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Snowy Landscape

Ando Hiroshige, Snowy Landscape, c. 1840
Tinted woodcut
Gift of Professor Charles W. Brown

In honor of winter storm Juno—which unleashed 19.1 inches of snow on the city of Providence—the Bell Gallery is pleased to share a beautiful, bucolic image of winter in Ando Hiroshige’s Snowy Landscape.

Ando Hiroshige (also known as Utagawa Hiroshige, 1797-1858) was a Japanese artist of the Edo period. This woodblock print, in the ukiyo-e style, is somewhat atypical of the period; instead of the scenes and portraits of kabuki actors and women of pleasure (and leisure) that ordinarily populated ukiyo-e prints, Snowy Landscape depicts a scene of romantic serenity. In fact, Hiroshige is largely known for his scenic imagery, with human figures occasionally inhabiting but not dominating the frame. Hiroshige is said to have been heavily influenced by Hokusai, an Edo artist whose bold natural scenes brought him enormous popularity in the West; both artists inspired the growing trend of Japonisme in the nineteenth century.

— Reya Sehgal, Curatorial Assistant

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Ian Alden Russell, Curator, David Winton Bell Gallery

Albrecht Dürer “The Beast with Two Horns Like a Lamb” from The Apocalypse (1498), Woodcut. (PR 0.334)

On one of my first days as the new curator of the David Winton Bell Gallery, it was a wonderful serendipity to be hanging a print from one of the earliest printed books “The Beast with Two Horns Like a Lamb” by Albrecht Dürer. As part of our fall lobby exhibition “Selections from the Permanent Collection,” the woodcut is is one of fifteen which comprised “The Apocalypse”, a book published in 1498, two years before the dawning of a new century. Ripe with anxieties of impending times to come, Dürer’s images convey a tense forboding in 15th and 16th century life as much as they probably induced it – they were some of the first widely circulated representations of the end of days.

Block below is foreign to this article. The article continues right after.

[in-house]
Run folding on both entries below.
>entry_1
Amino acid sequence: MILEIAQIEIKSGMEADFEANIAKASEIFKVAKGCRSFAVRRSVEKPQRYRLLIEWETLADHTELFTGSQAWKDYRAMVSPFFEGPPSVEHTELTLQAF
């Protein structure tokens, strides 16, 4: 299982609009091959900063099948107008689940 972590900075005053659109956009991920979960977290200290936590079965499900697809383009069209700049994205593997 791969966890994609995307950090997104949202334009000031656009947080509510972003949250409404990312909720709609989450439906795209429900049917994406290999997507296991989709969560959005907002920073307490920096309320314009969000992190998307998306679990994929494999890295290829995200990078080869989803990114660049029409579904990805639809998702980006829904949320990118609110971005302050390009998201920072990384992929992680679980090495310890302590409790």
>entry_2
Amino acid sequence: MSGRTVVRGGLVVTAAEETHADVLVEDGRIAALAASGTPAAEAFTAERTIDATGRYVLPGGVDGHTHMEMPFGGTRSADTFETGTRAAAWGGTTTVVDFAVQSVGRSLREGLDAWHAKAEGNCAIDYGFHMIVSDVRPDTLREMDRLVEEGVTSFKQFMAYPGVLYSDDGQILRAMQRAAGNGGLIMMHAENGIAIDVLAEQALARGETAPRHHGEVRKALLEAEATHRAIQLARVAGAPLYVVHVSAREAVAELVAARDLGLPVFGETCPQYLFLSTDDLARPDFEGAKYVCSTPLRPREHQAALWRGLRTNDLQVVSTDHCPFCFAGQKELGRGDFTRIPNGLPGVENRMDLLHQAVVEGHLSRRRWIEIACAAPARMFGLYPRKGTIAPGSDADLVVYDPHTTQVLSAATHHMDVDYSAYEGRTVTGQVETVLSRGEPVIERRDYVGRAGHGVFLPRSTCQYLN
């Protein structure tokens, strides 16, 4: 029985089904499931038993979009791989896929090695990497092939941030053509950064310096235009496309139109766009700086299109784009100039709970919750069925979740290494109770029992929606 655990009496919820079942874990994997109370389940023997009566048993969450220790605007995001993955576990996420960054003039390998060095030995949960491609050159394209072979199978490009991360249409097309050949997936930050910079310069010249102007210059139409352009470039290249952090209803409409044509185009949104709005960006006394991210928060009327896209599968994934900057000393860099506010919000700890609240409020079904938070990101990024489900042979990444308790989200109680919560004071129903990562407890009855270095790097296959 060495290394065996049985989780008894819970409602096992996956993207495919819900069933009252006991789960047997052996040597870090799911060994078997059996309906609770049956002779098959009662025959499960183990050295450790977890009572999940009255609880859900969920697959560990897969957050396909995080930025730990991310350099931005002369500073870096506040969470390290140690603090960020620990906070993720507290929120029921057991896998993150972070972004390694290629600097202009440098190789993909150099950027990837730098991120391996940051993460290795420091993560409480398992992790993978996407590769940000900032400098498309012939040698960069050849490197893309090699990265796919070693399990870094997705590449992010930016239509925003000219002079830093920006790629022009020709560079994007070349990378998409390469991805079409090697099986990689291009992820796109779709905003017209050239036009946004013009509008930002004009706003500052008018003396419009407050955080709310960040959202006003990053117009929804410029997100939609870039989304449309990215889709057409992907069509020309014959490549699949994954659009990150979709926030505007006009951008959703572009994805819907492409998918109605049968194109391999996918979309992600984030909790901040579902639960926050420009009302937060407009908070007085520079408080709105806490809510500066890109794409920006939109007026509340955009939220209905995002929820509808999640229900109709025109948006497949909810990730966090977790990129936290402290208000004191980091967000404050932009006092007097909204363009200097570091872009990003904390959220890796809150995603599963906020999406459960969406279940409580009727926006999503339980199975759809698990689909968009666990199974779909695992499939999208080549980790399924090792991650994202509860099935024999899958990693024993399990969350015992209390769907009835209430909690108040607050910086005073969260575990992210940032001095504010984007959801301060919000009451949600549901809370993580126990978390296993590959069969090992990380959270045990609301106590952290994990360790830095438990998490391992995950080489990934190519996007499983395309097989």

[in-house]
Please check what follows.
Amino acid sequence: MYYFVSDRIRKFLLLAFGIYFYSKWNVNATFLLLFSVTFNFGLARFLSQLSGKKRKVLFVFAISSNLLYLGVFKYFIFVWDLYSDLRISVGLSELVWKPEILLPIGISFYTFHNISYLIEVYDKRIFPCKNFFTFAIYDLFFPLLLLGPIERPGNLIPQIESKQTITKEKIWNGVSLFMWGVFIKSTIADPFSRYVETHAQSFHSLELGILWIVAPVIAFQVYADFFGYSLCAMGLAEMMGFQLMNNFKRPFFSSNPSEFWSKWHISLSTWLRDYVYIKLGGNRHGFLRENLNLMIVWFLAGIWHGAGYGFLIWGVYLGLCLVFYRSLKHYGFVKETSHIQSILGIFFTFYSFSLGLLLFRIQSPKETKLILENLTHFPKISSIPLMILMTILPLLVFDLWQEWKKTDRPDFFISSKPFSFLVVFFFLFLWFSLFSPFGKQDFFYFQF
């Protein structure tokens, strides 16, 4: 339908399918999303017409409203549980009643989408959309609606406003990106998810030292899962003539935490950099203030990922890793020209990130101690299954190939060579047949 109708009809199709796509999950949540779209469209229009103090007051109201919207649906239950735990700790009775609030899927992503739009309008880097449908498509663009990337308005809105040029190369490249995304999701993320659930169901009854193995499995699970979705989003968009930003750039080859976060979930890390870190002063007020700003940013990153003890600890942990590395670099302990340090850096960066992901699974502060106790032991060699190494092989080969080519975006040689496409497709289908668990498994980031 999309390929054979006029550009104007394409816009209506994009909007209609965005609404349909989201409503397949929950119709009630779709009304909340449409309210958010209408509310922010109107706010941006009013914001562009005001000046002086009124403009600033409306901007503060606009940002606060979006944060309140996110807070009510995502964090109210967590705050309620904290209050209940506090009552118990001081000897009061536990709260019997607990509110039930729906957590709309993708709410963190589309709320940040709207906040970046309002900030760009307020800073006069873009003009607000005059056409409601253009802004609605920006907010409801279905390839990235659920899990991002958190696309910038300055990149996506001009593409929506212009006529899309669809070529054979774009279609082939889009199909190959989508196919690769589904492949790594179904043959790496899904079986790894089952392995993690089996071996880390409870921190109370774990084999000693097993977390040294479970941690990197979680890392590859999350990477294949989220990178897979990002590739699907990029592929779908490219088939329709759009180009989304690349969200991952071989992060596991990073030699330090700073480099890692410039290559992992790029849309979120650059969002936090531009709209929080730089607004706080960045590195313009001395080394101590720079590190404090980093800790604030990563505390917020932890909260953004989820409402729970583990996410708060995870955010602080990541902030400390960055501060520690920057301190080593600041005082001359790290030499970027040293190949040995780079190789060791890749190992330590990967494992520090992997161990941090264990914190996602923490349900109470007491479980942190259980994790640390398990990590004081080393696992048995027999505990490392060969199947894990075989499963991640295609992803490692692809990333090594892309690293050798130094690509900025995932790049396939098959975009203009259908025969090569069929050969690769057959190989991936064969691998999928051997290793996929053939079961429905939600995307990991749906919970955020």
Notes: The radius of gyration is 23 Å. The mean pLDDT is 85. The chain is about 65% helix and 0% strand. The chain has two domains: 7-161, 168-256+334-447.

This woodcut depicts Revelation 13:

(1) Then I saw a beast come up from the sea with ten horns and seven heads, and upon his horns ten crowns, and upon his heads the names of blasphemy… (11) And then I saw another beast coming out of the ground, and he had two horns like a lamb and spoke like a dragon. (13) And he prompted great portents, even that fire pour down from the sky to the earth for all men to see. (14) And I looked, and beheld a white cloud, and sitting upon the cloud one who was like the Son of Man, wearing upon his head a crown of gold, and in his hands a sharp sickle. (17) And another angel came out of the temple which is in heaven, he is also having a sharp sickle.

Here is an introductory reading of the image of Dürer’s “The Beast with Two Horns Like a Lamb” by the Clark Art Institute. More information from their recent exhibition “The Strange World of Albrecht Dürer” can be found here: http://www.clarkart.edu/exhibitions/durer/content/exhibition.cfm

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